As rheumatologists, how many times a week do you think we see patients in our office, and the first words we hear are, “Oh, my aching back!” or “My back went out, and I have no idea what I did.” A LOT!
Optimally, we should be able to comfortably stand up straight and walk down the street; right? We expect to have a spine supported by our muscles and tendons, so our back is strong and we can walk, go up and down steps, get in and out of a car, bed or the bathtub, as well as do work around the house, move and lift items, etc.
But sometimes that is just not meant to be, and here’s why.
Unfortunately, millions of Americans have ongoing back pain. There are often issues with spinal joints, discs, muscles, or nerves working together during movement, causing pain. The problem can arise from natural aging, injury or disease.
Depending on the underlying cause of back pain, symptoms can be experienced in a variety of ways. You may have:
- Pain that worsens after prolonged sitting or standing
- Dull pain in the lower back
- Stinging or burning pain in the lower back moving to the backs of the thighs, lower legs or feet
- Numbness or tingling (sciatica)
- Tightness in the lower back, pelvis or hip muscle spasms making it difficult to stand up straight, walk, or go from standing to sitting
- Your doctor will ask you to describe your pain. Here is how we categorize pain symptoms:
In addition, symptoms of lower back pain are usually described by type of onset, location and duration:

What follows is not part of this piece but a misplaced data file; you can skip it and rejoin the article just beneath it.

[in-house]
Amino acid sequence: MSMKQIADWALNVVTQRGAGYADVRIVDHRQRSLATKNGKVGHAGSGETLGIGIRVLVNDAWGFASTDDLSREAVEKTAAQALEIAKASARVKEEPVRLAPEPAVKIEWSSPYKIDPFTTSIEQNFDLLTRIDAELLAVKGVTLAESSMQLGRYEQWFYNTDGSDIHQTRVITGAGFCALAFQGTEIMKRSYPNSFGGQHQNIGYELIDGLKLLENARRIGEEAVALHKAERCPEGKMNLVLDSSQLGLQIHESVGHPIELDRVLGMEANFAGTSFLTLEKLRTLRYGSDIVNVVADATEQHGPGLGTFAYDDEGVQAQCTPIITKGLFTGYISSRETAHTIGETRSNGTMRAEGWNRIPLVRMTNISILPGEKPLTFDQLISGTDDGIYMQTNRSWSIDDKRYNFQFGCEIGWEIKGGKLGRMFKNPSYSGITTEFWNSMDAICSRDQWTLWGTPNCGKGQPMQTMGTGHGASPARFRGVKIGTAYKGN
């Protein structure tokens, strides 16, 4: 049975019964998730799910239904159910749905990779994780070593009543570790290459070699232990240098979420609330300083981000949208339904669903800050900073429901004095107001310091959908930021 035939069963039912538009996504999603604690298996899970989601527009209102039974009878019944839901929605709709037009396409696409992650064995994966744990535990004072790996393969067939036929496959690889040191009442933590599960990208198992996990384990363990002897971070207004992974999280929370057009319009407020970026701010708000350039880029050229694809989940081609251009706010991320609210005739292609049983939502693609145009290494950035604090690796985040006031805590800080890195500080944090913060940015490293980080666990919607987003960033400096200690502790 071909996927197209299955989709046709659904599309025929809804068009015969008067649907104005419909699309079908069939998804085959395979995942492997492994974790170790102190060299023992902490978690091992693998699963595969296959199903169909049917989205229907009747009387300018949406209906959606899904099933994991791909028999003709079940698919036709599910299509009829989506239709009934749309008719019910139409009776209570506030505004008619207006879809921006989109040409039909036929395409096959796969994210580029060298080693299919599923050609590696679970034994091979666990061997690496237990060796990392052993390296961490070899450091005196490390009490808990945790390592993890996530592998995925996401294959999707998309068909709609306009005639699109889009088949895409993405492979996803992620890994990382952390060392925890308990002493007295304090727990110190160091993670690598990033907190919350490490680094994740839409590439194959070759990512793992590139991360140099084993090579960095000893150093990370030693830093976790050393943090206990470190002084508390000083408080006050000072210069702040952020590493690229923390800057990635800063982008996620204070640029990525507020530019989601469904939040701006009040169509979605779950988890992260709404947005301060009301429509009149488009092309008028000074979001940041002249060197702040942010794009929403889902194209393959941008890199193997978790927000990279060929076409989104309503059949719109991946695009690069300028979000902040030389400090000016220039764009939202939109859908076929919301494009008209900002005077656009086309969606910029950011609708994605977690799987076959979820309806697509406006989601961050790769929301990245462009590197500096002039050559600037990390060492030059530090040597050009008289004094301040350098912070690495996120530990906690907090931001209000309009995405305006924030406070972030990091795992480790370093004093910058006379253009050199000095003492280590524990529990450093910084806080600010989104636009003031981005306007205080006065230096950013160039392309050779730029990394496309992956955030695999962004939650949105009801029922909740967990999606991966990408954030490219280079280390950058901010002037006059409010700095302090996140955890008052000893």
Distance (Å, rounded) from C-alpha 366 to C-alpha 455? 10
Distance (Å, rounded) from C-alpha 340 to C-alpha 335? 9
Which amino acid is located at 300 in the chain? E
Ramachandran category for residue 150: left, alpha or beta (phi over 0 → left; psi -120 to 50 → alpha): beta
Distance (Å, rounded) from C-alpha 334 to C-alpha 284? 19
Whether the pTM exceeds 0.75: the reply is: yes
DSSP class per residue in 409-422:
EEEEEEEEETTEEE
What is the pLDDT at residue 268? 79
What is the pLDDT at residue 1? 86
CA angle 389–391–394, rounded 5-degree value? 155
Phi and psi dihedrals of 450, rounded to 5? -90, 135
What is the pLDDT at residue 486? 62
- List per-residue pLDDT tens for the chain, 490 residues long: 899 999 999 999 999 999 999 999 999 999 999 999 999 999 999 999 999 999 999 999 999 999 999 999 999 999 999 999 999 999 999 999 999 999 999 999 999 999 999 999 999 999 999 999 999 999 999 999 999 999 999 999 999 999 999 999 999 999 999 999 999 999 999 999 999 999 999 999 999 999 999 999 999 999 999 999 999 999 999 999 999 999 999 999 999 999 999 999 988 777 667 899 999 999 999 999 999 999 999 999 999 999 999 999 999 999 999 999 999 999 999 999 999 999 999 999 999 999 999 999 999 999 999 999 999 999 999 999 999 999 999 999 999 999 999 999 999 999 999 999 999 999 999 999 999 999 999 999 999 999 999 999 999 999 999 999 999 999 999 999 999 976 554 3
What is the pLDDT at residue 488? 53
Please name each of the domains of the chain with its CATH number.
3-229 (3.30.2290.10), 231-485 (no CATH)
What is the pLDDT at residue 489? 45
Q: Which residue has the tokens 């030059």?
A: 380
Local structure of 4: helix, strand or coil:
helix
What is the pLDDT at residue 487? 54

- Acute back pain typically comes on suddenly. Lasting for a few days or weeks, it is considered a normal response to injury or tissue damage. Pain gradually subsides as the body heals.
- Sub-acute low back pain is more prolonged, lasting between 6 weeks-3 months, and is usually due to muscle strain or joint pain.
- Chronic back pain is more severe, lower back pain that lasts over 3 months, and might not respond to initial treatments.
- Regional (localized) back pain or referred pain which radiates down one or both legs below the knees.
The most important goal is to address your back pain with your rheumatologist during an examination to determine if any of these issues are your problem:
Disease: Arthritis is a common cause of back pain.
Herniated or slipped discs: Discs are between your spine’s vertebrae and are “shock absorbers”. Lower back or hip pain associated is usually caused by wear and tear, or age.
Degenerative disc disease: Pain can be age-related, where discs shrink or tear, causing the bones to rub together.
Inflammation of the sacroiliac joint: Located where the spine and pelvis come together, swelling and eroding joint cartilage can occur from injury, arthritis, an infection, or pregnancy.
Spinal stenosis: Affecting those over age 60, pressure on the spine and nerves can cause the legs and shoulders to feel numb, burning and weak.
Pinched Nerve: Usually caused by a bone spur, or a herniated disc. Sciatica with pain down the back of a leg into the foot is a typical example.
Spondylolisthesis: Degenerative form of arthritis which weakens the joints and ligaments that keep the spine aligned.
Accidents and Injuries: Automobile, falls, muscle sprains or fractures.
Spine or vertebral fractures: Occurring from a fall, injury or osteoporosis.
Sprains and strains: Injuries to muscles, tendons and ligaments that support the spine and joints.
Spasms: Sometimes when muscles and tendons are torn in the lower back.
Lifestyle: Back pain can come from lifting, being overweight, lack of exercise, slouching and even smoking.
Emotions: Stress can cause muscle tension in the back, and depression and anxiety may make pain feel worse.
What can help alleviate back pain? Medications, stretching exercises and weight loss are helpful. Other medical experts such as physiatrists, osteopaths and orthopedic surgeons may also be necessary to try and resolve back issues.
Your rheumatologist’s goal is to alleviate your back pain so you feel better, move more comfortably, and live the healthy and active life you are meant to enjoy!